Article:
Just as online data breaches, payment security malware and hackers get more sophisticated, so, too, do shoplifters.
Over the holidays, the retail industry saw an increase in activity among shoplifting rings, which made off with significant amounts of merchandise from multiple locations as they executed coordinated attacks on multiple retail outlets simultaneously. In an age of digital threats to retailers, it can be easy to write off this seemingly old-fashioned form of crime. However, shoplifting costs retailers $30 billion annually, according to the National Retail Federation.
With the retail industry, by necessity, having an ever-increasing focus on the online realm — when it comes to security and all other matters — a focus on in-store theft prevention might take a backseat to those concerns. However, one retailer, Rite Aid, has been taking steps to combat loss prevention head on by combining data with in-store know-how.
According to a recent article from the National Retail Federation, Rite Aid is using a holistic approach to its shoplifting woes. Working with loss prevention firm USS over the past several years, Rite Aid has been making a hard push to pinpoint high-risk items in its stores and to find data-based solutions that protect the chain’s locations from shoplifting, while still managing to enhance the customer shopping experience.
Robert Oberosler, Rite Aid group vice president of loss prevention, told NRF that his goal was to have the store’s nearly 4,600 managers lead the charge in their retail environments.
“Rather than corporate giving a mandate,” Oberosler told the outlet, “we wanted to allow the stores to use data to determine which items were seeing theft and [how] to protect them.” To do this, USS has created an online portal. “The concept was a website [built to look] like an Amazon page,” Oberosler explained.
Store managers can log in and find information on the most at-risk items and potential loss prevention products to employ. A USS analyst is also using data to identify the stores that are seeing the greatest losses in certain categories and proactively recommending solutions to those managers to address the challenges. “This gives us a laser-guided approach to problems,” adds Oberosler.
Based on this, Rite Aid will choose 10 or 12 stores in which to test the potential solution, as well as an equal number of control stores. If the results show the solution is providing the expected benefits and generating a positive return, the test is expanded.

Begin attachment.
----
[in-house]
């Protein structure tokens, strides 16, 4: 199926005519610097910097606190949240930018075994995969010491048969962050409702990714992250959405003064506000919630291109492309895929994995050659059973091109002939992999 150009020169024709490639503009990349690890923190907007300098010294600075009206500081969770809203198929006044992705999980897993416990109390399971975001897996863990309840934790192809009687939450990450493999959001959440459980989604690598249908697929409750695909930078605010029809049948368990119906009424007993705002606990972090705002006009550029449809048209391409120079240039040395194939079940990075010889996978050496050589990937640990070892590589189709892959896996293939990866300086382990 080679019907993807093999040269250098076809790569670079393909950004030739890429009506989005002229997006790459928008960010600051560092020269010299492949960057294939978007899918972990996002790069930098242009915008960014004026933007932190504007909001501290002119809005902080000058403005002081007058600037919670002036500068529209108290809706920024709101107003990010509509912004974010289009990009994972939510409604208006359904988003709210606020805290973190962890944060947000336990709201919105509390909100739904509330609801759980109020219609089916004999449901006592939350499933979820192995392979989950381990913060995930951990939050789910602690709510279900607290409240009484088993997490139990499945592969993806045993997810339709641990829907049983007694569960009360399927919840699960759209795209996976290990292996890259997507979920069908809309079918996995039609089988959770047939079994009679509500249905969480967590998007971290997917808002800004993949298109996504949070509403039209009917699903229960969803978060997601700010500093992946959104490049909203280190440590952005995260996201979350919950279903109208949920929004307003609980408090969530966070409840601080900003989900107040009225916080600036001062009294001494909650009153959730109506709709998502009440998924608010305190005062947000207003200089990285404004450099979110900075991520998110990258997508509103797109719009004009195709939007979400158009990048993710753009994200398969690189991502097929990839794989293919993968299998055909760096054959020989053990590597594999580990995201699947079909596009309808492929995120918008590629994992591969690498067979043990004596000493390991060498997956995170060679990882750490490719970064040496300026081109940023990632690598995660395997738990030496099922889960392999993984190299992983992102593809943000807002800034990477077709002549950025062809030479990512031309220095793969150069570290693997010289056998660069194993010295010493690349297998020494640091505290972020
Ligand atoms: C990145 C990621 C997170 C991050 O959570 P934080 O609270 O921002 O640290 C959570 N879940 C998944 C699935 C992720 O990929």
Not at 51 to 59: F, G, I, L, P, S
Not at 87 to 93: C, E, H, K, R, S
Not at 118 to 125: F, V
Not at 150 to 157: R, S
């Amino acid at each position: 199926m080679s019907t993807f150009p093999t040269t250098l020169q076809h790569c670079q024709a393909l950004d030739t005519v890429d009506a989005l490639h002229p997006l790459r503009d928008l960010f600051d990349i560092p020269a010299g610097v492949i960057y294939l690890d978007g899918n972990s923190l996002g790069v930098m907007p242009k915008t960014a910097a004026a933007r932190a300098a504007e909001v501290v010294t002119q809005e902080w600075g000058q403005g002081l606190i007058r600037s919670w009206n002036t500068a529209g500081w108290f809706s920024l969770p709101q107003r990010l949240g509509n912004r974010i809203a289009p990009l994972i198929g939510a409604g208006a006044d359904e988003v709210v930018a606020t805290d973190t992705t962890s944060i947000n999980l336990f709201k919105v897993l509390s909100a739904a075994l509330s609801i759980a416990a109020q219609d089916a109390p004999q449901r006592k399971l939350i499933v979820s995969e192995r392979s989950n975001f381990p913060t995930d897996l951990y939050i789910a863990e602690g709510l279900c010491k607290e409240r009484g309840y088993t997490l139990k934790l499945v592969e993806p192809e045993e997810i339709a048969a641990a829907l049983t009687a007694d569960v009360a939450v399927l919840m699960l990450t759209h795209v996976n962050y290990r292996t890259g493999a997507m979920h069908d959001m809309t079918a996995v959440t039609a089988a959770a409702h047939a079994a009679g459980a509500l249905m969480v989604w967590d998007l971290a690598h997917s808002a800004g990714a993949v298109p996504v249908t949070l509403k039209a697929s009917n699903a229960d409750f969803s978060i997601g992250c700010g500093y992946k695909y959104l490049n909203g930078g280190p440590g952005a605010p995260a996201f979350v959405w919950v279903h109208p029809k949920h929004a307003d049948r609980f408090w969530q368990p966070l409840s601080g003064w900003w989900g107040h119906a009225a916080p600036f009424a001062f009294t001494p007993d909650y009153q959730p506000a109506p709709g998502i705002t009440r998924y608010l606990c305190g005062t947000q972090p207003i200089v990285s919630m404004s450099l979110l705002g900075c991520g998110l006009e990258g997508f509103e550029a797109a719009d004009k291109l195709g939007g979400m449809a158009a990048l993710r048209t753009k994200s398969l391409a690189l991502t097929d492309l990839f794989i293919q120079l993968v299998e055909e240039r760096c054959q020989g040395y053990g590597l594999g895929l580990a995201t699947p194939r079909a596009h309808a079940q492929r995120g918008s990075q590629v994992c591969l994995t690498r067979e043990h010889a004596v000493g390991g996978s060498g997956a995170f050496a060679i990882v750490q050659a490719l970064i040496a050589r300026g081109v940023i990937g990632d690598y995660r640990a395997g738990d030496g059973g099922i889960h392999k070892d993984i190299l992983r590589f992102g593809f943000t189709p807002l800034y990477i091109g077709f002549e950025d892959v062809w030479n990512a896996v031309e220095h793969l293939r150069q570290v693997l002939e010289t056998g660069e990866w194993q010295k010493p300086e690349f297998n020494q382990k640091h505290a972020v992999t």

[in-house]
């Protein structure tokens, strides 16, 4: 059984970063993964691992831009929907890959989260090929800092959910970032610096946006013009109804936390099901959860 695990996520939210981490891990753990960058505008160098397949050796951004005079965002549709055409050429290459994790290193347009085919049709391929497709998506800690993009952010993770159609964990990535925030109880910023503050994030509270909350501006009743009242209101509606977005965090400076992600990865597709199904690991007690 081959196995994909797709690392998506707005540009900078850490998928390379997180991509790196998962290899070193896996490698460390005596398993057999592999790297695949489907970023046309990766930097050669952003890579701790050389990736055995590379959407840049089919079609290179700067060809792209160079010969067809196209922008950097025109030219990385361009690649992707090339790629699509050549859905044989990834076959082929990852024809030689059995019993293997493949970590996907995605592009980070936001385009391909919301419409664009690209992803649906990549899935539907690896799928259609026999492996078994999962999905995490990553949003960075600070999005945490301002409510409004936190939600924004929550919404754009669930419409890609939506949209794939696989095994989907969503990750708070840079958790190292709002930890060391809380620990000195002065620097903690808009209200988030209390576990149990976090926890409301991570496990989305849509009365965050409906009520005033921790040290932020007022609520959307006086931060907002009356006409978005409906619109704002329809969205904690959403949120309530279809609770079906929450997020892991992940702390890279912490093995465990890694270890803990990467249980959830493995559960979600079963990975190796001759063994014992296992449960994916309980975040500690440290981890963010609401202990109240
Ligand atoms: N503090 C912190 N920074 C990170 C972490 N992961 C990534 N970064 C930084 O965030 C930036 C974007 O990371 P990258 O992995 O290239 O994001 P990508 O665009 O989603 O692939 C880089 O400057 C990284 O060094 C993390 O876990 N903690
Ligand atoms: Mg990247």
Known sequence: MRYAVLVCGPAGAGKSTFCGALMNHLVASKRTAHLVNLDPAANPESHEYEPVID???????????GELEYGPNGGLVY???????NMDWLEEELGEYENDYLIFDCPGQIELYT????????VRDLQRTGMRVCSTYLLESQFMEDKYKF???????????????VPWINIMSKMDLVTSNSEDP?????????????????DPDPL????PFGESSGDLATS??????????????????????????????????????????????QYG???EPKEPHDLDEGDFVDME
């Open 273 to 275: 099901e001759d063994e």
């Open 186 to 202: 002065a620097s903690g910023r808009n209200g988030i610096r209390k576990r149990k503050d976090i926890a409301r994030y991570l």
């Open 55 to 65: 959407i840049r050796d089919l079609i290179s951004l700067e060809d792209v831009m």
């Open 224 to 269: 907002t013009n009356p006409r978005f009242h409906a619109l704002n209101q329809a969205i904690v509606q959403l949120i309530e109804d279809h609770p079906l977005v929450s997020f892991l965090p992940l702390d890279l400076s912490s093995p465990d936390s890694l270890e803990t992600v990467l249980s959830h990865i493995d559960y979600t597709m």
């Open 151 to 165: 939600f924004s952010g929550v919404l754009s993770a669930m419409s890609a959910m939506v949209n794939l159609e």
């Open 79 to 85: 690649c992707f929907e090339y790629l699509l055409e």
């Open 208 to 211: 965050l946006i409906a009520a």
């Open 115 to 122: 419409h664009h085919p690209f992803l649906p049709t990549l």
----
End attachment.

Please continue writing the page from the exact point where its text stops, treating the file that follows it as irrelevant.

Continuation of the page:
Oberosler has been adamant that the theft deterrent measures must look attractive and allow customers to view and self-select products. Think of those expensive razors or high-end lotions and creams in large clunky plastic boxes or behind a locked display case. These types of measures make it difficult for customers to interact, touch and learn more about the product.
Instead, the national drugstore chain (recently acquired by Walgreens) is experimenting with devices that attach high-risk items to a fixture or rack, making it difficult to simple walk out of the store with them but not impeding in the customer’s discovery and decision-making process.
Cosmetics, for example, have a notoriously high shrink rate due to their small size and packaging that changes often as manufacturers look to make a product more appealing. To combat this, Rite Aid has implemented motion-activated public view monitors that allow customers in cosmetics aisles to see themselves and have the added bonus of letting them know they’re in view of store employees. As a result, remarks Oberosler, “shrink has gone down significantly.”
Going a step further, Rite Aid, adds Oberosler, is “starting to look at packaging innovation and building in some features that enhance the value of asset protection.”
Given the competitive nature of the retail industry, the willingness of brands to work together with retailers is an unexpected — but largely necessary — shift. In the past, brands often left the issue of loss prevention to retailers, based on reports that indicated most retail theft had internal causes. This has changed as recent studies have shown the significant increase in external theft, Oberosler told NRF.
The recent acquisition of Rite Aid by Walgreens does not seem to be slowing these data-driven loss prevention efforts, and the retailer continues the program to pinpoint and address in-store shrink issues. As it learns what is working in one set of stores, the USS analysts are able to make informed recommendations for rolling out sweeping changes across the entire chain.
But shoplifting, at the end of the day, is a human problem with many unknown variables. Whether this analytics-based approach will prove successful on a large scale remains to be seen.